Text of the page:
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King County Partners with Forterra, Bothell Residents to Preserve Wayne Golf Course


Agreement Permanently Protects All 90 Acres for Public Use


Current and former King County leaders joined with citizen group OneBothell, conservation non-profit Forterra, and local Bothell City Councilmembers at Wayne Golf Course today to announce an agreement with the owners of the 90-acre golf course that straddles the Sammamish River to acquire it for conservation purposes.

“Today is the culmination of more than twenty years of work to forever preserve the Wayne Golf Course for conservation purposes,” said Councilmember Rod Dembowski, who represents Bothell on the County Council. “Following news of a proposed development for the site early January of last year, I began meeting and working with local residents to protect this special land from developers. King County has prioritized protection of the land since the early 1990’s and I felt strongly that we should finish the vision to protect all of the property, including its more than 4,500 feet of shoreline along the Sammamish River.

“In the past year, we have been able to secure $1 million in King County Conservation Futures dollars and supported the successful efforts of Senator Rosemary McAuliffe and Representative Derek Stanford to appropriate an additional $1 million in state funding,” added Dembowski. “I am thrilled about the funding acquired to date and am confident that there is more to come.”

The public funding is expected to gradually reimburse Forterra for the acquisition moneys being advanced upfront to acquire the land today.

Councilmember Dembowski’s office has partnered with OneBothell for the past 13 months, as they have worked to grow community support to permanently protect Wayne Golf Course.

“I thank and commend the local residents who took the lead to protect this land forever. Together we built a strong coalition of partners, and today’s announcement is the result of this hard work,” said Dembowski.

“As we move into the next phase of this process, purchasing the land from Forterra and planning long term use, I know we will continue to need community involvement and support,” said Dembowski. “I want to give special thanks to Garrett Holbrook on my staff and Bob Burns, Deputy Director of King County’s Department of Natural Resources and Parks, for their tireless work on this project and their ongoing efforts to help develop the vision for the long-term uses on this property.”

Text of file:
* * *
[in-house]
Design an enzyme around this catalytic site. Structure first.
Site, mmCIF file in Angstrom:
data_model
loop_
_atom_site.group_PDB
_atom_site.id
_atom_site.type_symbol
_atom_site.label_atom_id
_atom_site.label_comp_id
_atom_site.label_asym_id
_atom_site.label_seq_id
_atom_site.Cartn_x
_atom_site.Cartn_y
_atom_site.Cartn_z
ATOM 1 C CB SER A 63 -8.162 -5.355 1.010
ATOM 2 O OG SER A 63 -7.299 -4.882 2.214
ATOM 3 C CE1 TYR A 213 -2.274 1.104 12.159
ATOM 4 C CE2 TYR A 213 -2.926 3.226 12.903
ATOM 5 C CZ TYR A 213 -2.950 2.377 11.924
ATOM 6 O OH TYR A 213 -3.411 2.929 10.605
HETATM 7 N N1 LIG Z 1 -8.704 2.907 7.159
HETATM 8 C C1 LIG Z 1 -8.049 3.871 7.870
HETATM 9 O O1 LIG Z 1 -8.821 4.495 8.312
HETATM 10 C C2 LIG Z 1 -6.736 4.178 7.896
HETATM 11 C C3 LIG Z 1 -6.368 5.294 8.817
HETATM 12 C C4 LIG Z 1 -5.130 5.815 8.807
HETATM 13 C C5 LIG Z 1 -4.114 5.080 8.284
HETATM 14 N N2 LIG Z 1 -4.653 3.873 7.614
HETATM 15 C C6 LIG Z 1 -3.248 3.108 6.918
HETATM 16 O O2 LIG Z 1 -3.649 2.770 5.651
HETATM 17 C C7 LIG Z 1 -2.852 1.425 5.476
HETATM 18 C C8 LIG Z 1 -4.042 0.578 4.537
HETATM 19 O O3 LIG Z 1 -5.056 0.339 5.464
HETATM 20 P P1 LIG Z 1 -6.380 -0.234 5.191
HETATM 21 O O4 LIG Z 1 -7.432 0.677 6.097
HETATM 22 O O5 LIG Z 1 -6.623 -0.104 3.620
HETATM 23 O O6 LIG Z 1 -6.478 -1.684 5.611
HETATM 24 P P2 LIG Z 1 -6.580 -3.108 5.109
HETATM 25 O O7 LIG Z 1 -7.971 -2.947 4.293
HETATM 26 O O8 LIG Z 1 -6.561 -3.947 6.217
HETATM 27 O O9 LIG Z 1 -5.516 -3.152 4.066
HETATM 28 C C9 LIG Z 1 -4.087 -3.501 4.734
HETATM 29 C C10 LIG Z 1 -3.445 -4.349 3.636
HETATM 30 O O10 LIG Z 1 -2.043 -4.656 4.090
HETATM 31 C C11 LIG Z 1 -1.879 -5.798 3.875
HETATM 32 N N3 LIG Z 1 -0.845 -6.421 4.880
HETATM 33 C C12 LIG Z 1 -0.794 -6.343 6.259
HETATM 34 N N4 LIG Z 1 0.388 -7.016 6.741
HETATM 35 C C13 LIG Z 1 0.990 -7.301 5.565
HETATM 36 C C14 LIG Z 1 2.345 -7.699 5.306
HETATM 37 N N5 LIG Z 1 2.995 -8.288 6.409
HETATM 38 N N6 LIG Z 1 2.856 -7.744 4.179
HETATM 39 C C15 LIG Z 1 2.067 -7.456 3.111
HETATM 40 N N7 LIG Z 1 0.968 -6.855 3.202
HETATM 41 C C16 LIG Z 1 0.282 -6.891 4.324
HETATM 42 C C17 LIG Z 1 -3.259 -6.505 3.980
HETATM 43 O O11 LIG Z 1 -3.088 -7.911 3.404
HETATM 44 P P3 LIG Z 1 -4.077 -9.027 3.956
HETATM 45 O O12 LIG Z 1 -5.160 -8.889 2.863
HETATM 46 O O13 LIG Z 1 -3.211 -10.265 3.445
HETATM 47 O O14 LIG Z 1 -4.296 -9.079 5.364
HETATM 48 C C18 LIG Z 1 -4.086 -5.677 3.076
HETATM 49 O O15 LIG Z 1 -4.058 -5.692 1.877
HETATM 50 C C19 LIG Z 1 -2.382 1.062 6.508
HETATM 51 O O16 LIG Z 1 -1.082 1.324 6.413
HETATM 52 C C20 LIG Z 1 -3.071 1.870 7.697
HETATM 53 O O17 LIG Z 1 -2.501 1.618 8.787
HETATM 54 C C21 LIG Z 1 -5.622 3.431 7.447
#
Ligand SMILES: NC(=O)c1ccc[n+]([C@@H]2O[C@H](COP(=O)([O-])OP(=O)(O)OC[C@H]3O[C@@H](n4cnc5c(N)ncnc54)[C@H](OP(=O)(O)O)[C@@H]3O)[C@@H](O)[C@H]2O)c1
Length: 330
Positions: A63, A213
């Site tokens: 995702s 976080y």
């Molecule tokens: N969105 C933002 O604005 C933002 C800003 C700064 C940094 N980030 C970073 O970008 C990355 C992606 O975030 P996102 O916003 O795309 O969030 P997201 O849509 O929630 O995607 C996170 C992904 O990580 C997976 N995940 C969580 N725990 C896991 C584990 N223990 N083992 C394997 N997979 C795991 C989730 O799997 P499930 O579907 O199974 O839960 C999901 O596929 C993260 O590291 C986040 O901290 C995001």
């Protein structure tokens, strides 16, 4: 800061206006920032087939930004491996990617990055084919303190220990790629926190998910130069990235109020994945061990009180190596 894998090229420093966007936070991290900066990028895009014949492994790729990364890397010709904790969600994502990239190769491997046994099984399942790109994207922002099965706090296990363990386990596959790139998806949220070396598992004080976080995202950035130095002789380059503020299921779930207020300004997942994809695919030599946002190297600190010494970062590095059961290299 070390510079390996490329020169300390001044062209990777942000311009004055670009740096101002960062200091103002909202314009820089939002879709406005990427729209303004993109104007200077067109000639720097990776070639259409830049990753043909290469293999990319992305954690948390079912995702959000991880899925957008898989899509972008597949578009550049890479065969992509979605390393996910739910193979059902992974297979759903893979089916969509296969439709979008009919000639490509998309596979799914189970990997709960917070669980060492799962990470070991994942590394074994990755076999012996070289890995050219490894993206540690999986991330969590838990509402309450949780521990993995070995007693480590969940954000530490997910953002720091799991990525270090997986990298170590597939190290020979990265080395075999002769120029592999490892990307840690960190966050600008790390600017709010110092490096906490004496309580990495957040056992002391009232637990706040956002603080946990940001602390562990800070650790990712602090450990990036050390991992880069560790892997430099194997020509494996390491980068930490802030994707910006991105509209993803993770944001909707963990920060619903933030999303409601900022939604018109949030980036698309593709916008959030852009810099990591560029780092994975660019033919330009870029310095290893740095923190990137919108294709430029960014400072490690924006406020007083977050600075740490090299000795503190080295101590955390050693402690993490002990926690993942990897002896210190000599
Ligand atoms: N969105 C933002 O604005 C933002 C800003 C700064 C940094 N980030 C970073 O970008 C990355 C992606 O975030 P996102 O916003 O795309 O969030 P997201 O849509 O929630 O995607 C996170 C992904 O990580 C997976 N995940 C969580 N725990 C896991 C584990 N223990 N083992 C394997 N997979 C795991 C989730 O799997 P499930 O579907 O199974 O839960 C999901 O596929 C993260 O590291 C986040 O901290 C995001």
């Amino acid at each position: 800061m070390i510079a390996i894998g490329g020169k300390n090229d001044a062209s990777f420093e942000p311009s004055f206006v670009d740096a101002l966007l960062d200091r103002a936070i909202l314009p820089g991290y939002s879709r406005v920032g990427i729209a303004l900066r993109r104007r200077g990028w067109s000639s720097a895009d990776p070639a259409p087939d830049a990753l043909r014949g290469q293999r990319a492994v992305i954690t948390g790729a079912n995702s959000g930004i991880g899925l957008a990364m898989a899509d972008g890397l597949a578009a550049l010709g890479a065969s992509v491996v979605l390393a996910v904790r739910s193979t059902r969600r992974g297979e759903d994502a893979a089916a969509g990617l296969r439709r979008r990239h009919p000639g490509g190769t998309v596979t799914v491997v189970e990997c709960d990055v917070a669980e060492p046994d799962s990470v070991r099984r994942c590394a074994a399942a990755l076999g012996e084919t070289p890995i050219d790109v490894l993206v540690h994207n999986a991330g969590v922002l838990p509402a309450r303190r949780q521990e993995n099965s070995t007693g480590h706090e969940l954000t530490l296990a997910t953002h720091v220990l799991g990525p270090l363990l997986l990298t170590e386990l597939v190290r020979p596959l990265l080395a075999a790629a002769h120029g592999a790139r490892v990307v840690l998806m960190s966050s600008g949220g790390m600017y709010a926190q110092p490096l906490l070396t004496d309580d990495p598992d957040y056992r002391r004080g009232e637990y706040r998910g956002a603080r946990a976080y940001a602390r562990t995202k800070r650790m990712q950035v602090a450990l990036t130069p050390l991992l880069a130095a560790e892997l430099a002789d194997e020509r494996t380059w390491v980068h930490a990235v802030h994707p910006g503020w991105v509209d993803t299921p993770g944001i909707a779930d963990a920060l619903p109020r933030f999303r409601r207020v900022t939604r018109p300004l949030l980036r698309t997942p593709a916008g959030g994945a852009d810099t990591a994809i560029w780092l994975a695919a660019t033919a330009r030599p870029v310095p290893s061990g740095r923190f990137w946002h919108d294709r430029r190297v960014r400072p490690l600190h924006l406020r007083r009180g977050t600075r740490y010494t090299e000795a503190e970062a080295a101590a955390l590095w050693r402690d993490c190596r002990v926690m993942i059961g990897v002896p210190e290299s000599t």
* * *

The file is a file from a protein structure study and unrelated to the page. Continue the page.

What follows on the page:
King County started its protection of the Wayne land more than 20 years ago. Through the Conservation Futures bond measure passed by King County voters in 1993, King County provided the city of Bothell with nearly $1 million to acquire a robust conservation easement that has to-date protected roughly half the course from development.

These early efforts were led by former County Councilmembers Larry Phillips and Louise Miller, who both attended the press conference announcing today’s agreement.

Former King County Council Chair Larry Phillips authored the 1993 Conservation Futures Bond package at the King County Council that included funding to protect 26 acres of the front-nine of Wayne Golf Course.

”Often, really good things are worth working toward and waiting for, even if they seem impossible to obtain and take a long time. This is one of those moments, when all the efforts of the community come together and create a truly lasting legacy. Now, ALL of the Wayne Golf Course will be public open space for generations to come. It's time to celebrate!”

Former King County Councilmember Louise Miller represented the city of Bothell in 1995 when she authored legislation authorizing the preservation of an additional nearly 20 acres of the front-nine of the Wayne Golf Course.

“The vision of the community has always been the complete preservation of Wayne Golf Course. Our initial work to purchase a conservation easement in 1996 laid out a path to do just that, giving the city the first right to purchase the entire course for community use. I am proud that the citizens of Bothell took the initiative to fulfill that vision so that future generations can enjoy this beautiful piece of King County.”
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